Presenting, Procrastinating and the Pursuit of Knowledge

The People's Choice Award for the North East 3 Minute Thesis competition
The People’s Choice Award for the North East 3 Minute Thesis competition

In my last blog, I mentioned that I had been entered into the 3 Minute Thesis competition, a national challenge in which you must summarise your thesis into a, noteless, three-minute presentation that can be understood by a non academic audience. The event was held at Durham University and, much to my surprise, I was lucky enough to win the People’s Choice award and another £100 for being the Runner Up. The overall winner was a female scientist who had done some truly incredible work on cures for male infertility. If there was an academic Top Trumps, I feel a life changing cure tops detailed knowledge of North East executions any day, so she was a very worthy winner!  I should add, in case Professor Tim Hunt is reading, that I didn’t once see her cry and I think I can safely say she didn’t fall in love with anyone present in the audience.

Aside from this unexpected award, June has been by far the most unproductive month of my PhD to date. I remember early on in my first year being constantly told that there will be a lull in the second year, which you have to fight through. I just didn’t think mine would come so early. The combination of a bad cold, a PhD writing course, unexpectedly sad personal news and the impending deadline of a paper I am presenting at an International Conference in Belgium, has led to a sort of PhD paralysis in which I cannot seem to write. So, I can only apologise for the gap in entries and lack of interesting insight in this blog. Instead I thought I’d make a quick point about learning itself.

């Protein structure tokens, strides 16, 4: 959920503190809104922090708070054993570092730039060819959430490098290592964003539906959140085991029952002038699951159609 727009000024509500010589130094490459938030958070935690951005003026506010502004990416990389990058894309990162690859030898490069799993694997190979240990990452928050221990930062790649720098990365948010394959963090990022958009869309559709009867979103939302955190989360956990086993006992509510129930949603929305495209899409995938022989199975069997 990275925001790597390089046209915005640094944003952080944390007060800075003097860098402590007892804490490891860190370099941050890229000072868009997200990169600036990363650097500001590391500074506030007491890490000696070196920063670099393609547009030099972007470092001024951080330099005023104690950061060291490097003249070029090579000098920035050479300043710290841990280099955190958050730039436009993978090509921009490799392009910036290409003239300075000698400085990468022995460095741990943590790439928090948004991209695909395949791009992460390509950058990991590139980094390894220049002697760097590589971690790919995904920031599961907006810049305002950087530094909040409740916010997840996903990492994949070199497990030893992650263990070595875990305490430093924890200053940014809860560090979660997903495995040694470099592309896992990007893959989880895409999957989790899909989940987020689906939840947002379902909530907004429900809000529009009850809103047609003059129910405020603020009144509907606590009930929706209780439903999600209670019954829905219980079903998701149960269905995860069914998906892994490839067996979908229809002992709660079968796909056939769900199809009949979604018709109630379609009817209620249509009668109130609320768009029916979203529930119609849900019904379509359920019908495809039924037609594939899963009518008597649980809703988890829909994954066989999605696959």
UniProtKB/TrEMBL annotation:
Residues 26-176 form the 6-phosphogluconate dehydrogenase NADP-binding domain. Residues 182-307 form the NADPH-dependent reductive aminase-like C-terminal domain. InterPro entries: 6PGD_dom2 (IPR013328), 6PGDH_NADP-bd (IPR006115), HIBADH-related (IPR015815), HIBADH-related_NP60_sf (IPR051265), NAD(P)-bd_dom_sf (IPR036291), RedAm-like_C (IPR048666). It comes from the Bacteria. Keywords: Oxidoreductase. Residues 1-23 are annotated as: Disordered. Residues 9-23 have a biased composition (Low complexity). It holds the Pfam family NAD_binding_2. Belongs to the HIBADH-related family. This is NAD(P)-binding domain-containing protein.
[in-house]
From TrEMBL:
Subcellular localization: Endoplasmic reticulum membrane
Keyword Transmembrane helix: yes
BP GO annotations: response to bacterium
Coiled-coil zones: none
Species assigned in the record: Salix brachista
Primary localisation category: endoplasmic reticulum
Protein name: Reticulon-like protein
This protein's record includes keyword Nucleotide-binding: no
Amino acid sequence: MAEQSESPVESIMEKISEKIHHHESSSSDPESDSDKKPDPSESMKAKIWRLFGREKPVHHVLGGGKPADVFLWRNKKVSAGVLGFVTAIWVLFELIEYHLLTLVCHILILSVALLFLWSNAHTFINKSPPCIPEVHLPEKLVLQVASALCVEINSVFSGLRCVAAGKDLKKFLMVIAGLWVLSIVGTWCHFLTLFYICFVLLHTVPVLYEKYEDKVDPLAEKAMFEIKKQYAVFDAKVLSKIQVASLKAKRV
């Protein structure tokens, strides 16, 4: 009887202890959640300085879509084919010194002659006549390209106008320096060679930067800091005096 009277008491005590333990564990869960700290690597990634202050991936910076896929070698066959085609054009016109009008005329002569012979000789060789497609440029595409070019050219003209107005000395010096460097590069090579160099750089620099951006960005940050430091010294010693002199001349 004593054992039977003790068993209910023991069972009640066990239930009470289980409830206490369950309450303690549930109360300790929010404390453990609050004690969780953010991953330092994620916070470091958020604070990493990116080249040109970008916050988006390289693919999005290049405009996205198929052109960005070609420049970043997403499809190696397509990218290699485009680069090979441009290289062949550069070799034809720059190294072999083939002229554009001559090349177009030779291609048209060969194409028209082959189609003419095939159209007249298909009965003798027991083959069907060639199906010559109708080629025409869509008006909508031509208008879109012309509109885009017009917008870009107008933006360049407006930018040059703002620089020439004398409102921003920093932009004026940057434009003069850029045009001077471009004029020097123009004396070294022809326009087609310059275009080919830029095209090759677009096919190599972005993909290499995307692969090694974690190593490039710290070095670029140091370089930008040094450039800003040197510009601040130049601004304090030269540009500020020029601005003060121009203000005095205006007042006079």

Ironically, given my recent inability with a pen, I have been attending a cross-disciplinary writing programme, which has been immensely useful. Perhaps it has been the process of analysing my writing that has led to this dearth in output. I think I am now being far more considered about what I write (except on this blog!) and that in turn is leading to a block in my writing. What was fascinating about the course was how often PhD candidates associate academic writing as being separate from something that is ‘interesting’ to read. I am guilty of this myself, if something sounds too engaging and interesting it’s probably not ‘academic’ enough. That’s clearly a nonsense, but it speaks to a wider problem in academia. People in academic institutions often complain of the increasing requirements placed on them to think about ‘impact’ and ‘public engagement’ in their work or funding applications, but I find this reaction bizarre. What is learning for, if not to expand our collective understanding of the world. There is a huge thirst for detailed and specialist knowledge (one need only look at the popularity of TED talks) and we should be privileged that we can provide it. I am particularly fond of Hector (played by the Richard Griffith) in Alan Bennet’s History Boys and his philosophy of learning.

Pass the parcel. That’s sometimes all you can do. Take it, feel it, and pass it on. Not for me, not for you, but for someone, somewhere, one day.

The remarkable thing about PhD study or indeed any detailed research is where it ends up being applied. I am constantly fascinated by the studies or books I end up reading and am convinced that the authors couldn’t have possibly known that their work would have relevance to a study of North East execution. The Three Minute Thesis competition was proof for me that any study, however detailed can be engaging to an interested bystander, such as myself. It’s all in the presentation.

Hopefully the next blog will be back to normal or at the very i’ll have some nice photos of Belgium to show you.

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